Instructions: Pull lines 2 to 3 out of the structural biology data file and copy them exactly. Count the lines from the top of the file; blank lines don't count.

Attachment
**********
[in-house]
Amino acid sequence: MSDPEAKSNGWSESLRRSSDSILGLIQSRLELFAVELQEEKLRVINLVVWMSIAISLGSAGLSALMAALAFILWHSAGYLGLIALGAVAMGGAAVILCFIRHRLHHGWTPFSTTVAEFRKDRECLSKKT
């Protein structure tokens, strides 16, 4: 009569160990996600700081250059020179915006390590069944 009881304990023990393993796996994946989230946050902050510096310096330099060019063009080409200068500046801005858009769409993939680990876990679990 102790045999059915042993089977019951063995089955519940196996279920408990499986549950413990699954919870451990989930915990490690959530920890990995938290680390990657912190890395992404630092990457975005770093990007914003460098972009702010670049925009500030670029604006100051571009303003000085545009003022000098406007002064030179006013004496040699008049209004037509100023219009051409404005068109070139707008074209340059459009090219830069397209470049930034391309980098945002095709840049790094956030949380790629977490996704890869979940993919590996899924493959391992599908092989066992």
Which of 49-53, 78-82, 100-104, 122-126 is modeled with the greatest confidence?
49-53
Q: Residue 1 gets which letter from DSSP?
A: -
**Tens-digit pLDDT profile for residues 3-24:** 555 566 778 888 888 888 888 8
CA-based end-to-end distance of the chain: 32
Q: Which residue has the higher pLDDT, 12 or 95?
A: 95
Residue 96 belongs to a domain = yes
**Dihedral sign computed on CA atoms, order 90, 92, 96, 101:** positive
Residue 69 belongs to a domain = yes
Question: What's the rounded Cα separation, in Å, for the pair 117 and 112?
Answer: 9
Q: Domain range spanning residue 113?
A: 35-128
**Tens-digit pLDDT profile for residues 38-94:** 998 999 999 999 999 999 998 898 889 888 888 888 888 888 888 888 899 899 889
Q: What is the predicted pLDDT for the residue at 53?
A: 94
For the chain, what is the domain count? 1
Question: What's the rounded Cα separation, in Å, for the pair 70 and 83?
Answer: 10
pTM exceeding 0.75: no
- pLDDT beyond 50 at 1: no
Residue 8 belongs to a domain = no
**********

Amino acid sequence: MSDPEAKSNGWSESLRRSSDSILGLIQSRLELFAVELQEEKLRVINLVVWMSIAISLGSAGLSALMAALAFILWHSAGYLGLIALGAVAMGGAAVILCFIRHRLHHGWTPFSTTVAEFRKDRECLSKKT
């Protein structure tokens, strides 16, 4: 009569160990996600700081250059020179915006390590069944 009881304990023990393993796996994946989230946050902050510096310096330099060019063009080409200068500046801005858009769409993939680990876990679990 102790045999059915042993089977019951063995089955519940196996279920408990499986549950413990699954919870451990989930915990490690959530920890990995938290680390990657912190890395992404630092990457975005770093990007914003460098972009702010670049925009500030670029604006100051571009303003000085545009003022000098406007002064030179006013004496040699008049209004037509100023219009051409404005068109070139707008074209340059459009090219830069397209470049930034391309980098945002095709840049790094956030949380790629977490996704890869979940993919590996899924493959391992599908092989066992």